We’re all for gender equality in the workplace, but recent studies show that having more women on company boards may not necessarily spell financial success. Morgan Stanley is spearheading a “parity portfolio,” which aims to increase both profit and female representation. The firm cites research that proves companies with more top females fare much better in business. But other studies find such links may be tenuous. A 2012 Stanford report did not find any evidence correlating more female board members to more money. And when Norway in 2003 required all companies to have 40 percent women directors, the country’s firms actually declined in value because of “younger and less experienced boards.” Interestingly, Morgan Stanley’s 14-person board of directors has only two women.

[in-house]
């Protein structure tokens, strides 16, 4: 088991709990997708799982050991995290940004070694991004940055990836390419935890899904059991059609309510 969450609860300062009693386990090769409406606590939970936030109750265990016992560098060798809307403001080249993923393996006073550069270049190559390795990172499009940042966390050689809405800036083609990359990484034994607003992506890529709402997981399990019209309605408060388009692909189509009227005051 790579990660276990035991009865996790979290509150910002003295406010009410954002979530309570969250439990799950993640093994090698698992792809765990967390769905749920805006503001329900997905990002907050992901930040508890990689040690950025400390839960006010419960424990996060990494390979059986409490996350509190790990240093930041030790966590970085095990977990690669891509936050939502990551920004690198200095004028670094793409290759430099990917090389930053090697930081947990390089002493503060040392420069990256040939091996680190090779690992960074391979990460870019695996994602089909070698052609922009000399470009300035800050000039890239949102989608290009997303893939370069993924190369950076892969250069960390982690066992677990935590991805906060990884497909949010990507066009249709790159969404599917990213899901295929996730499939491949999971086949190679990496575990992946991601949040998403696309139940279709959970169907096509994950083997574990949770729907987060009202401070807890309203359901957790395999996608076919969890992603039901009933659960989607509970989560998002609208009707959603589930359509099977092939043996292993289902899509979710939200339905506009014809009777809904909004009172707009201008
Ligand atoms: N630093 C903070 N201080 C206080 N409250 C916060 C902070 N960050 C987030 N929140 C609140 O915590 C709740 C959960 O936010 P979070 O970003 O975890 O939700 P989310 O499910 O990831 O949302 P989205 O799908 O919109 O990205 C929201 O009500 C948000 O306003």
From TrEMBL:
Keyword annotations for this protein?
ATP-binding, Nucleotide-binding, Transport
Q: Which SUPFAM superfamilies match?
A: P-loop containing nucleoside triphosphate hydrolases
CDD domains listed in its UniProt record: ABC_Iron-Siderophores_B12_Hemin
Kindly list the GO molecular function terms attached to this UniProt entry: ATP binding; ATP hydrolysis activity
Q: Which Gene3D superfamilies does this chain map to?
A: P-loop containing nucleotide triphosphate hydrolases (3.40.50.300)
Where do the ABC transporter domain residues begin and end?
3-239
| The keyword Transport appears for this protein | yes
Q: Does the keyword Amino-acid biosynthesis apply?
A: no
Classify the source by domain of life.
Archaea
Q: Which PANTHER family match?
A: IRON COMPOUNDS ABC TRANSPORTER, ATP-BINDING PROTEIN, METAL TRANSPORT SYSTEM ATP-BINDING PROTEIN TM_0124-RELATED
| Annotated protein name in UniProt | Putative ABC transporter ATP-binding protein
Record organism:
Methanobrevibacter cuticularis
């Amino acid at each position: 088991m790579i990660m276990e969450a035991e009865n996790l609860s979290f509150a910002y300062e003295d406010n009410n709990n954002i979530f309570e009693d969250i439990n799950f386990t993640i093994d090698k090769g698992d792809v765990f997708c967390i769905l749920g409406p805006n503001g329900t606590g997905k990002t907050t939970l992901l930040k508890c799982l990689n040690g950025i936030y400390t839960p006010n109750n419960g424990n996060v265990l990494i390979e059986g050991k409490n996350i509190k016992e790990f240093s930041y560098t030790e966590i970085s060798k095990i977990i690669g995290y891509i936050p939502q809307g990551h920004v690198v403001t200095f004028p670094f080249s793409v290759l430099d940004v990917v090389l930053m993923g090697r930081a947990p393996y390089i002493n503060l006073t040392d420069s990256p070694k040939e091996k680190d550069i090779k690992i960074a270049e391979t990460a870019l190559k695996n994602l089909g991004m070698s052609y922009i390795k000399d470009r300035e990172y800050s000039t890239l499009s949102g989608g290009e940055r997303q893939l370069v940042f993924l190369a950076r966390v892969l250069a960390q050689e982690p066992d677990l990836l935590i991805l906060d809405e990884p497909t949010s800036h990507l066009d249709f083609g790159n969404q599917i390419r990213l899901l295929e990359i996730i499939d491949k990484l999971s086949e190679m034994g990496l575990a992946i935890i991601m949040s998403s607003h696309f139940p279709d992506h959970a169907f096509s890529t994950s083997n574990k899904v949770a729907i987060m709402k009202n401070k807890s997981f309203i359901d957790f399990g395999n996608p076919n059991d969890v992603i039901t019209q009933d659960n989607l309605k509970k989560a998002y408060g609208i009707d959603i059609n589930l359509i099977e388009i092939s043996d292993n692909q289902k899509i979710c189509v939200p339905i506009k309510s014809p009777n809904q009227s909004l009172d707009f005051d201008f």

Studies at odds over female board members and companies’ success.